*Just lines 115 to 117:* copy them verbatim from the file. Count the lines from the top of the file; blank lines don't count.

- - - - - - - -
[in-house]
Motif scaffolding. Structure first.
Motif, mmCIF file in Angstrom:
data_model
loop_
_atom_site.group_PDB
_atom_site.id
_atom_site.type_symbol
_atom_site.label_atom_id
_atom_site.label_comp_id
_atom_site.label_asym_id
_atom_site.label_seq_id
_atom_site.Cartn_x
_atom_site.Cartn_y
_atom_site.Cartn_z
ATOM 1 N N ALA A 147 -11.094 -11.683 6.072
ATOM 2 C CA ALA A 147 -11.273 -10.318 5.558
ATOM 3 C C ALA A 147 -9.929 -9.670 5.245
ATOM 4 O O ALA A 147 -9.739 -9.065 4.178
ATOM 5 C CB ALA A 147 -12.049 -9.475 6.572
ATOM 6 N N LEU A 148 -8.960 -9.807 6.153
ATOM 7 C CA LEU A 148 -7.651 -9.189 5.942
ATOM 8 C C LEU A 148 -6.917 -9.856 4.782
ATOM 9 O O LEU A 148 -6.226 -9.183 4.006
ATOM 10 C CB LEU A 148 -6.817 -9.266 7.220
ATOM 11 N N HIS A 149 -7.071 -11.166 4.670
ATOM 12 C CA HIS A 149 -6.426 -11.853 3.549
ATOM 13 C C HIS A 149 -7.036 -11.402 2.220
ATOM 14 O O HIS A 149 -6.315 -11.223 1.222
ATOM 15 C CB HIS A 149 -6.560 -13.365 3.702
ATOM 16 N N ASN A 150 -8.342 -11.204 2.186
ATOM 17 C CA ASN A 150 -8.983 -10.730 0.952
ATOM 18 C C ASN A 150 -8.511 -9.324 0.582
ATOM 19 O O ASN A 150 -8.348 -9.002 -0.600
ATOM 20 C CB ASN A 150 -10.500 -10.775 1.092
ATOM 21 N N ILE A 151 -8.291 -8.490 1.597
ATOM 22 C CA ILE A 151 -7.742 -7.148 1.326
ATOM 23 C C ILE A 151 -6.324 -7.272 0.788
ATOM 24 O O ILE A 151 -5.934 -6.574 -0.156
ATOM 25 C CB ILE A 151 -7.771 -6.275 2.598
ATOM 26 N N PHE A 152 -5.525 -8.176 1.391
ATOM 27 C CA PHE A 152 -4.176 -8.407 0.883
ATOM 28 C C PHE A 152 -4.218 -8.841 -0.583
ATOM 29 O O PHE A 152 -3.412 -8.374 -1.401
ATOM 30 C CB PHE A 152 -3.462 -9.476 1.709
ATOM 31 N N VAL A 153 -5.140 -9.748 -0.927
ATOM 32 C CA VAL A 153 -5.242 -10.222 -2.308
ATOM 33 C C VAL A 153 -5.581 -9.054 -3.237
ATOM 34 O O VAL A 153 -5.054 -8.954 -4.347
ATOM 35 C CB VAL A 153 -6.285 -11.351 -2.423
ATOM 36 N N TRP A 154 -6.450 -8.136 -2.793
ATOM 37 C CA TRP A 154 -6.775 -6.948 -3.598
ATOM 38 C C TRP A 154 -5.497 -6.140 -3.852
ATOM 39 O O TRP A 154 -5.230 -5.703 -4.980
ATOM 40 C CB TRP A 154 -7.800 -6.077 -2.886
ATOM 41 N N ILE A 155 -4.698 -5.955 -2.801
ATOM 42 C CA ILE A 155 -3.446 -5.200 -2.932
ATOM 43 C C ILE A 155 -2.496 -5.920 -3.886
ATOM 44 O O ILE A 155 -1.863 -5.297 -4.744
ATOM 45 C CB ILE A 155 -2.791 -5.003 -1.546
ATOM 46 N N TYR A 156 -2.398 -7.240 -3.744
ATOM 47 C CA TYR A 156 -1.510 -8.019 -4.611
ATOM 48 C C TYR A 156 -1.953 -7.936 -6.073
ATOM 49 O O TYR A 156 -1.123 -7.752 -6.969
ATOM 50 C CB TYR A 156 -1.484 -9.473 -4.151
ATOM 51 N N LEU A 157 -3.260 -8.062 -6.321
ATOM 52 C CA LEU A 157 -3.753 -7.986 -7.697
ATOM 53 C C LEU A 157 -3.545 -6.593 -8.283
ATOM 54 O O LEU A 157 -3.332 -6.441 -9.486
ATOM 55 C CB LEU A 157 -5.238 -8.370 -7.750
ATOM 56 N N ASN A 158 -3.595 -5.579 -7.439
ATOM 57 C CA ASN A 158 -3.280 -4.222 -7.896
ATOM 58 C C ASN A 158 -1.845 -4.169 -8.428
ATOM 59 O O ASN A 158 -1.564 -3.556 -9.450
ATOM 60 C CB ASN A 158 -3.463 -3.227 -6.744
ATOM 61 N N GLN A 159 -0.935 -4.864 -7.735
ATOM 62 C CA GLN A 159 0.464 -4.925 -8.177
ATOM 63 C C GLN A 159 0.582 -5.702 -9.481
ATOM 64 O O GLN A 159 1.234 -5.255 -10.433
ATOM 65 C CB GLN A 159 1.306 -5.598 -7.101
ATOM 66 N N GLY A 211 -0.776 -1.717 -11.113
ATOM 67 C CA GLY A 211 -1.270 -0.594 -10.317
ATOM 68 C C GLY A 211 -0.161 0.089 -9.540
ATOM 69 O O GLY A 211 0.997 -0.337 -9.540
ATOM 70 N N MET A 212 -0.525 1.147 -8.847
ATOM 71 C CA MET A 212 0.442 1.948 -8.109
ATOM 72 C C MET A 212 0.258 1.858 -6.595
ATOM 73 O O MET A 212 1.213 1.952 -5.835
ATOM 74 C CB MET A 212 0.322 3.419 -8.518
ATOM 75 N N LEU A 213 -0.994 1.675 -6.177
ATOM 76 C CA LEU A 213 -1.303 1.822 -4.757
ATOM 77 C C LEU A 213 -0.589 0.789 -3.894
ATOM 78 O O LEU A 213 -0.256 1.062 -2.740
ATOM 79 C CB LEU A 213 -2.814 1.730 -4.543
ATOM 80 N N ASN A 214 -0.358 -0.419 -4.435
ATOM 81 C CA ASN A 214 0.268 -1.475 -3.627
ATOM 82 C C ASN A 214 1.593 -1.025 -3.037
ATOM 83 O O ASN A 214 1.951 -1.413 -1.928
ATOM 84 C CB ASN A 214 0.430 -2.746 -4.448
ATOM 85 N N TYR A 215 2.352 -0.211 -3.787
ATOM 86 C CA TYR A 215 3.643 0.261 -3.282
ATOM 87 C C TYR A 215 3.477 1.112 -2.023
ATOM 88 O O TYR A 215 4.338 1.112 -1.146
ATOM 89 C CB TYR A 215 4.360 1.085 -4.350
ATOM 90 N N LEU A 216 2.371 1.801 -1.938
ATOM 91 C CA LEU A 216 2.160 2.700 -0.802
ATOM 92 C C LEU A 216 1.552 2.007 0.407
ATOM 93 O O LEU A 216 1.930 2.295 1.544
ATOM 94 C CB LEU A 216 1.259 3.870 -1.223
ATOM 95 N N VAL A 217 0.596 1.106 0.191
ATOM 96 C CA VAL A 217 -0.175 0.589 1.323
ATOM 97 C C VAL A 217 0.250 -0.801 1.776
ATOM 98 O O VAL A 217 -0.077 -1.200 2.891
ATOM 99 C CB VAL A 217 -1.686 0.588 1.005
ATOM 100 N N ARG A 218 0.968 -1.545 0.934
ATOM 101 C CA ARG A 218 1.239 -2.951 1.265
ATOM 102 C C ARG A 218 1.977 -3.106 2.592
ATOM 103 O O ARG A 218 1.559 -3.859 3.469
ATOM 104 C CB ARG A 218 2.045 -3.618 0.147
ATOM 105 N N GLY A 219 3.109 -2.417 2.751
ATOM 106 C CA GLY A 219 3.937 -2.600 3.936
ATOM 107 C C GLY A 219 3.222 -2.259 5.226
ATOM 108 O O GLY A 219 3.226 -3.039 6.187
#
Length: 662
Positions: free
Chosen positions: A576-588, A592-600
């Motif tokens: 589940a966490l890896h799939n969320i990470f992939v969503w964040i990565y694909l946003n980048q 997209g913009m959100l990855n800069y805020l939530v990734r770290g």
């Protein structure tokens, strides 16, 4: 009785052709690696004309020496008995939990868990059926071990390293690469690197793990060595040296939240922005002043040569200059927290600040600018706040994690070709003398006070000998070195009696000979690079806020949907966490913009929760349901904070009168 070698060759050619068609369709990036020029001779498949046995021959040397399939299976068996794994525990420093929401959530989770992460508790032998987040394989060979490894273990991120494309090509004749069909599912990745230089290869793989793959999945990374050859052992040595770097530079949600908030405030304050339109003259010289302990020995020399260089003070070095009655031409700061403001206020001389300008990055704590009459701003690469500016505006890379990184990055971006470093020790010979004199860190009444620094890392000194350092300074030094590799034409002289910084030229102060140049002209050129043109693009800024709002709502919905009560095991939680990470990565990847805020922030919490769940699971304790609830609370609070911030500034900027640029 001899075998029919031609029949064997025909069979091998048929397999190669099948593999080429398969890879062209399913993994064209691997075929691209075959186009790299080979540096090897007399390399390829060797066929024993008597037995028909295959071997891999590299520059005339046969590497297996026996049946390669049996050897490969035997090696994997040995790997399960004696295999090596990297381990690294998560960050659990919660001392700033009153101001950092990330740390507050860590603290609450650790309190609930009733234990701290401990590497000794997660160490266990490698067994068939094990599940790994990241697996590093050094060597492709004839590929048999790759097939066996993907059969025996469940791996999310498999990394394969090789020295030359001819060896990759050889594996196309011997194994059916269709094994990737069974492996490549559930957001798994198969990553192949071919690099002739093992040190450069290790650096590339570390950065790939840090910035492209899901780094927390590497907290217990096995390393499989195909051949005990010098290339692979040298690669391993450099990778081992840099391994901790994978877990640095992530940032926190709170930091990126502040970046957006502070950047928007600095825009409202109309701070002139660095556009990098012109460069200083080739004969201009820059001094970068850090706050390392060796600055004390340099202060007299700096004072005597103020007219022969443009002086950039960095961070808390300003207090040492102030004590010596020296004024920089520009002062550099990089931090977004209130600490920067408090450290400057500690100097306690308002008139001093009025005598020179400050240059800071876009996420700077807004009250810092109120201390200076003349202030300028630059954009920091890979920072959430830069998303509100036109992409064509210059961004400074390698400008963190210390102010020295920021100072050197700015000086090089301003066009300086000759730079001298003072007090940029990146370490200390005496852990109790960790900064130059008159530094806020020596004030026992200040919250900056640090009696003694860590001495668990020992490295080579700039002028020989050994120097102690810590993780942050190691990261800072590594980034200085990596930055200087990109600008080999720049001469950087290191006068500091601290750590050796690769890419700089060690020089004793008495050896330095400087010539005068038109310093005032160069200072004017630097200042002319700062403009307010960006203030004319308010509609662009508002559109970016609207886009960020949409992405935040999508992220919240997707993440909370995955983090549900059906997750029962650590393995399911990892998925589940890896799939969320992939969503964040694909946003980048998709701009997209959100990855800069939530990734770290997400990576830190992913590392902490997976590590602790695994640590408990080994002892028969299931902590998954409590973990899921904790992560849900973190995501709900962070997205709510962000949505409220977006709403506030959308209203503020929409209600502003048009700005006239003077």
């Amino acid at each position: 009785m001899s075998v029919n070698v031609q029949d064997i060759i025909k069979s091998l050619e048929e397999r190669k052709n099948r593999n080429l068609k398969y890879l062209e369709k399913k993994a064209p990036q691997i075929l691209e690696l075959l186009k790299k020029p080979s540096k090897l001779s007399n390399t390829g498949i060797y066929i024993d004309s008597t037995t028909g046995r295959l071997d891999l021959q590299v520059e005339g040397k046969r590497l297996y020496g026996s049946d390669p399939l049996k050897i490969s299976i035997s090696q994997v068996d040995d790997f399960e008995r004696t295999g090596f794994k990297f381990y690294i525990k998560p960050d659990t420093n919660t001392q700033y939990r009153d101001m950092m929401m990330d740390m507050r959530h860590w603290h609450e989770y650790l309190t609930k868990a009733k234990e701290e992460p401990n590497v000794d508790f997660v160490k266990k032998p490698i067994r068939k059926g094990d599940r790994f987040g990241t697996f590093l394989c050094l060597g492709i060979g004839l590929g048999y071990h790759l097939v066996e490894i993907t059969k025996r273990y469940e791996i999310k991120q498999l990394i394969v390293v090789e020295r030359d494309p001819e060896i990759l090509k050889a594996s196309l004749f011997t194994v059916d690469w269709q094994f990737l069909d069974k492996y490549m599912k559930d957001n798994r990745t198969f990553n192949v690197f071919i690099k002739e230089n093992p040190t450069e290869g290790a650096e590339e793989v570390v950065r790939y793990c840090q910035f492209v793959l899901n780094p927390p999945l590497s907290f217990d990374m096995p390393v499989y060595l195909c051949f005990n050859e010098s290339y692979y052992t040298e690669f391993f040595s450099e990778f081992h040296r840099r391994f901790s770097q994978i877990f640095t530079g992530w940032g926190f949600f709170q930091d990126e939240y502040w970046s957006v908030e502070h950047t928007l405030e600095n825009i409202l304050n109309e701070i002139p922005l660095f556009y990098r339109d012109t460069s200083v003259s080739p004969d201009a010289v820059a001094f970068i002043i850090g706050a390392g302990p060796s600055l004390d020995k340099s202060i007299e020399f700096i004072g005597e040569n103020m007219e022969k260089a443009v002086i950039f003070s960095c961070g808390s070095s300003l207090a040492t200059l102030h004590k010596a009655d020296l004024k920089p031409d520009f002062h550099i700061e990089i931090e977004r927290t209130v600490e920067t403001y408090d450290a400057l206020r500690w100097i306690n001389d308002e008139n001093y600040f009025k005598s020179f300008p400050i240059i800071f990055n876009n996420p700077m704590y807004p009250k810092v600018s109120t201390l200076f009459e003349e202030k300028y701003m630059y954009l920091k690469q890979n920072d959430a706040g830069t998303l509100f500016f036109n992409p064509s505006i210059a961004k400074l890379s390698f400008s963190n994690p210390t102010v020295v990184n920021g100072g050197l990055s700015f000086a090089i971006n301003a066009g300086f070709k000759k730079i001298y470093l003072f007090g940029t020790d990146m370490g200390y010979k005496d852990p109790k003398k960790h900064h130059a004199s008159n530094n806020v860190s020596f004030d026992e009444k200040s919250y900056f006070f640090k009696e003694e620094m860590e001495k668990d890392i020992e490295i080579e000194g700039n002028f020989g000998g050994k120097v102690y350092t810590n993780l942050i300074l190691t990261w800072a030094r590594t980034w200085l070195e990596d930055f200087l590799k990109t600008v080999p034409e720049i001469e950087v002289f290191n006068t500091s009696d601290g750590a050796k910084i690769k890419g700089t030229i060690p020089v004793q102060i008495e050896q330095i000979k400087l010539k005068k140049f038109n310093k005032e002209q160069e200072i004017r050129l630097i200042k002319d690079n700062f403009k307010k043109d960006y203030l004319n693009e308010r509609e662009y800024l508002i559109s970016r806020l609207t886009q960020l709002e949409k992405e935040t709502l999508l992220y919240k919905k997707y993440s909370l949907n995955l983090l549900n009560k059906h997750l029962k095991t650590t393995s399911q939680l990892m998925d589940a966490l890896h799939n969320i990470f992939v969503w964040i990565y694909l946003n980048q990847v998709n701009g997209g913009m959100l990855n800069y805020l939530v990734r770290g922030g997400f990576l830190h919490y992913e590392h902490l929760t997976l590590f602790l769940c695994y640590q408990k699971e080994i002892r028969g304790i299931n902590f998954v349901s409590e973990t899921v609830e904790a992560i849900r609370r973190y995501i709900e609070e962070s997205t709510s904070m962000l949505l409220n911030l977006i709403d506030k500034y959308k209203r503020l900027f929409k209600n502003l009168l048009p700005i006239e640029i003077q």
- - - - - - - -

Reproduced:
ATOM 100 N N ARG A 218 0.968 -1.545 0.934
ATOM 101 C CA ARG A 218 1.239 -2.951 1.265
ATOM 102 C C ARG A 218 1.977 -3.106 2.592